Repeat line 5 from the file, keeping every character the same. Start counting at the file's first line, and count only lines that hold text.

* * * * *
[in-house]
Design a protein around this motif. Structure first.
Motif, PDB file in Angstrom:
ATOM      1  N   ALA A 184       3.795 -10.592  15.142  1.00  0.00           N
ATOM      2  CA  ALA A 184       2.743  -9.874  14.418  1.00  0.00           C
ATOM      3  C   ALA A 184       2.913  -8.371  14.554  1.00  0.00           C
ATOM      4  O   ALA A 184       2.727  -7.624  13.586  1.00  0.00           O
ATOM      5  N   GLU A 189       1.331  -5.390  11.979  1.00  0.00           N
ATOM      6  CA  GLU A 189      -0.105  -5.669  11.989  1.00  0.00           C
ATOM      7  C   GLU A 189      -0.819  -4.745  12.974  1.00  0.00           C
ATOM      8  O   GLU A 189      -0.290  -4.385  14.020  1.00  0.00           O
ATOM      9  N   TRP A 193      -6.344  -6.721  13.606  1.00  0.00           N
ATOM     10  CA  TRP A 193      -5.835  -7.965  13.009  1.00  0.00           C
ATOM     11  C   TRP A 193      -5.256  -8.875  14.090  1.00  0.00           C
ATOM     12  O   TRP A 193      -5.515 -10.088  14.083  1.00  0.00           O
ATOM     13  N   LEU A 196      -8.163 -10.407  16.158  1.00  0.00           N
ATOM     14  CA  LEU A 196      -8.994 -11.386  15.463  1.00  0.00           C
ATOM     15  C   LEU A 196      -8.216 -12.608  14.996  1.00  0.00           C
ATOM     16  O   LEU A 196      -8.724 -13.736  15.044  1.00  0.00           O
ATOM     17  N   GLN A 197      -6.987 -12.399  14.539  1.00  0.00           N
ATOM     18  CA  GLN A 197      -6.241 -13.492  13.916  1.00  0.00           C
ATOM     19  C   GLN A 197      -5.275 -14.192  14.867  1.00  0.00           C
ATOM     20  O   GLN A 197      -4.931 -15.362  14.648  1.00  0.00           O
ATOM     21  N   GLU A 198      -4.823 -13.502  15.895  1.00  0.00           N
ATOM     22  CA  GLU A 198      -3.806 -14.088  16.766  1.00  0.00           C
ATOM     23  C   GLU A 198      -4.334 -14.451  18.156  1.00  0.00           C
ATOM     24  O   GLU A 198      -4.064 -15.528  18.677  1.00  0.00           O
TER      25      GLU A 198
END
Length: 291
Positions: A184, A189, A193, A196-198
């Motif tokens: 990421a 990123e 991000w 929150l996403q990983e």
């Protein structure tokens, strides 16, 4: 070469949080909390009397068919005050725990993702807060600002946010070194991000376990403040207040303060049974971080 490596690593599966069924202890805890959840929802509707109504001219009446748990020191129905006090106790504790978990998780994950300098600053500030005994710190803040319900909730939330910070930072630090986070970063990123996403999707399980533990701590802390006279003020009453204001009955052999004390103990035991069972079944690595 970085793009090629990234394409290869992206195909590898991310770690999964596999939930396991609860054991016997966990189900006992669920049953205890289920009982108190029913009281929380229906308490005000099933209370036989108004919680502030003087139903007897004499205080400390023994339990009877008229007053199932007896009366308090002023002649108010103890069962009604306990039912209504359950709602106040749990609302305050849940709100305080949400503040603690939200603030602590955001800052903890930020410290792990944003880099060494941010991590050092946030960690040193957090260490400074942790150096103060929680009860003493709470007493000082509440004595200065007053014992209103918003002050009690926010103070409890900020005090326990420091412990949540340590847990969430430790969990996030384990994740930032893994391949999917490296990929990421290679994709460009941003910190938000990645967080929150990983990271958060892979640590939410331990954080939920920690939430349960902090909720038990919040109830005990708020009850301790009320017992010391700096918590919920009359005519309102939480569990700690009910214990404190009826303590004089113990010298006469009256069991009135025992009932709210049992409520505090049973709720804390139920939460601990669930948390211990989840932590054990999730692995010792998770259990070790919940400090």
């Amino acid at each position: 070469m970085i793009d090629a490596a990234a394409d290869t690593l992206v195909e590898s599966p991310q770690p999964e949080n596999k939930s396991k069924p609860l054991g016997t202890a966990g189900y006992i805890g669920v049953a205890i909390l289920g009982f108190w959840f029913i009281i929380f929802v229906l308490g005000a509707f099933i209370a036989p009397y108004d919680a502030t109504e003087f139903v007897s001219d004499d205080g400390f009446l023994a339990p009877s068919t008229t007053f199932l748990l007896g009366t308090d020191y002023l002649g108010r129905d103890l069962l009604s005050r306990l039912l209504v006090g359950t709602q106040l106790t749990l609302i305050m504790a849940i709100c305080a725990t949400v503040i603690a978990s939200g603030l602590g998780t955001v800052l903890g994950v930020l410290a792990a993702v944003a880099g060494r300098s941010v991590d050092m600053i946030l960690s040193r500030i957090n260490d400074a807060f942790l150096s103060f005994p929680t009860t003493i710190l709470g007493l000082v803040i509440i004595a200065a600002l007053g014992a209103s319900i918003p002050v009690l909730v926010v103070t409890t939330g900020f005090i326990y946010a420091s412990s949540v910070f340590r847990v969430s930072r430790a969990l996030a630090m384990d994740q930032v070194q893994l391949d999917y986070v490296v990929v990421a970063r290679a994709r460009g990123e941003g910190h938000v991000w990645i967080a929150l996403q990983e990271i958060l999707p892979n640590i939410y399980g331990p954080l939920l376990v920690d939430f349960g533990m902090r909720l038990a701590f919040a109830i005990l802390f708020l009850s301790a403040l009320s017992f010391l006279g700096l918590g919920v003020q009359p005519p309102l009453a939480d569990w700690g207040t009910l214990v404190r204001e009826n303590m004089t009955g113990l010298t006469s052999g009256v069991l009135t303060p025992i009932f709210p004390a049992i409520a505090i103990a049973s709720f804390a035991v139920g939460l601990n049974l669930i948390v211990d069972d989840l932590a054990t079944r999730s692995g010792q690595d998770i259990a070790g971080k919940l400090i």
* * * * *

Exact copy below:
ATOM      2  CA  ALA A 184       2.743  -9.874  14.418  1.00  0.00           C